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Electricity in Canada in 2023

Global Ranking: #4
81.8% #28 Low-carbon electricity
1840.97 watts #6 Generation / person
129.09 gCO2eq/kWh #26 Carbon Intensity

Based on our proprietary forecast model, Canada's projected electricity status by late 2023 is primarily one of low-carbon reliance. Extensive data for the first 9 months of the year, merged with future forecasts for the last quarter, depict an impressive 82% of Canadian electricity hailing from low-carbon sources, out of which Hydropower accounts for more than half. Nuclear energy also contributes significantly, providing slightly more than a tenth of the country's electricity. Wind and biofuels make smaller contributions, and solar energy’s share is close to none. It is noteworthy that less than a fifth of the electricity production in Canada is from fossil fuels, with gas being the primary fossil fuel energy source followed closely by coal. With this heavy lean towards low-carbon energy for electricity and being a substantial exporter of the same, Canada helps not only itself but also neighboring nations in cutting down emissions.


Increasing the low-carbon electricity generation in Canada can be achieved by primarily expanding on the existing nuclear power capacities. Presently, these capacities already generate substantial electricity, and enhancing these would significantly bolster the low-carbon share in the country's power matrix. Alongside this, opportunities for expanding other clean energy sources like wind and solar should also be explored to intensify the breadth of low-carbon energy sources and complement the nuclear expansion.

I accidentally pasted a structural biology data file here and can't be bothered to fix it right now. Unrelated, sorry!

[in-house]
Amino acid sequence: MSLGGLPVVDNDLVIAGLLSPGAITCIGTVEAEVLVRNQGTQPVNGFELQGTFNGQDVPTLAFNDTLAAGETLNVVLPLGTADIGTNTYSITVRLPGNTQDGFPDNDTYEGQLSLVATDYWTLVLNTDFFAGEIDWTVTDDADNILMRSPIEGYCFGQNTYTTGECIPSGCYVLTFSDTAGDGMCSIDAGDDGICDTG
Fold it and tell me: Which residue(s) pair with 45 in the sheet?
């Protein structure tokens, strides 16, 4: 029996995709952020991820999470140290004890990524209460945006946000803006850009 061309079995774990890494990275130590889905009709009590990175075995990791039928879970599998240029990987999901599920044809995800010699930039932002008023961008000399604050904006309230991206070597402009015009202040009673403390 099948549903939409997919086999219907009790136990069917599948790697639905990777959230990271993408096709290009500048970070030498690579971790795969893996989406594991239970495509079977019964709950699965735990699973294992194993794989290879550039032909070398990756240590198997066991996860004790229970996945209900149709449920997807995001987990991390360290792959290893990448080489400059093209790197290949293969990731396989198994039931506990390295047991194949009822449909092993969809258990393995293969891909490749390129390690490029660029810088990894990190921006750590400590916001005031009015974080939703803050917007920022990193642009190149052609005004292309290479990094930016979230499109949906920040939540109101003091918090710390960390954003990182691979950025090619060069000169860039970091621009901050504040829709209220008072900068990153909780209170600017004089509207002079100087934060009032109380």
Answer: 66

Trace back to the history of low-carbon electricity production in Canada, several key developments present themselves. Throughout the late 20th century, hydro power was often the main driver behind increases in low-carbon electricity generation. There were significant boosts, especially in the late 1970s and early 1980s, and again in the mid-1990s. There were, however, periods of marked declines in hydro production, such as in 1989 and again in the late 1990s and the turn of the millennium. Nuclear power sources saw an upward surge in the mid-1990s and again in 2004. Despite some oscillations, the overall growth in low-carbon electricity generation signifies Canada's successful strides towards clean, sustainable energy sources.

Electricity Imports and Exports

Balance of Trade

Data Sources

For the years 1976 to 1984 the data sources are World Bank and IEA (imports/exports).
For the years 1985 to 1989 the data sources are Energy Institute and IEA (imports/exports).
For the years 1990 to 1991 the data sources are Energy Institute and IEA (imports/exports).
For the years 1992 to 2017 the data source is IEA.
For the years 2018 to 2019 the data sources are IEA and IEA (imports/exports).
For the year 2020 the data sources are Energy Institute and IEA (imports/exports).
For the year 2021 the data sources are Energy Institute and Ember (imports/exports).
For the year 2022 the data source is Ember.
For the year 2023 the data source is LowCarbonPowerForecaster.
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